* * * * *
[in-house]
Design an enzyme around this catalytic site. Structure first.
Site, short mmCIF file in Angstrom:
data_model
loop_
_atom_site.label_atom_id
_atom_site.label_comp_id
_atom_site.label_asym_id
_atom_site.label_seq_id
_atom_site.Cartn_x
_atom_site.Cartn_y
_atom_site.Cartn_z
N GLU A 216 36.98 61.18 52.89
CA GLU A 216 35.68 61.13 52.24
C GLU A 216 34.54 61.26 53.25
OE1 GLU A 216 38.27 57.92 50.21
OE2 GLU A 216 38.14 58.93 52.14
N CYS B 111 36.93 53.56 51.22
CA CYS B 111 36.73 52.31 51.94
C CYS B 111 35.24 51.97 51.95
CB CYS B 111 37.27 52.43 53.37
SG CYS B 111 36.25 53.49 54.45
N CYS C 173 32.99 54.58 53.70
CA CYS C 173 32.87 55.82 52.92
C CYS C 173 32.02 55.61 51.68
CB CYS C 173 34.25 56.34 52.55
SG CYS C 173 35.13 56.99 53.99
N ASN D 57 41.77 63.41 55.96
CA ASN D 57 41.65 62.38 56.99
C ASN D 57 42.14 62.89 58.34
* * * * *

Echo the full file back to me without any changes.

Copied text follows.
[in-house]
Design an enzyme around this catalytic site. Structure first.
Site, short mmCIF file in Angstrom:
data_model
loop_
_atom_site.label_atom_id
_atom_site.label_comp_id
_atom_site.label_asym_id
_atom_site.label_seq_id
_atom_site.Cartn_x
_atom_site.Cartn_y
_atom_site.Cartn_z
N GLU A 216 36.98 61.18 52.89
CA GLU A 216 35.68 61.13 52.24
C GLU A 216 34.54 61.26 53.25
OE1 GLU A 216 38.27 57.92 50.21
OE2 GLU A 216 38.14 58.93 52.14
N CYS B 111 36.93 53.56 51.22
CA CYS B 111 36.73 52.31 51.94
C CYS B 111 35.24 51.97 51.95
CB CYS B 111 37.27 52.43 53.37
SG CYS B 111 36.25 53.49 54.45
N CYS C 173 32.99 54.58 53.70
CA CYS C 173 32.87 55.82 52.92
C CYS C 173 32.02 55.61 51.68
CB CYS C 173 34.25 56.34 52.55
SG CYS C 173 35.13 56.99 53.99
N ASN D 57 41.77 63.41 55.96
CA ASN D 57 41.65 62.38 56.99
C ASN D 57 42.14 62.89 58.34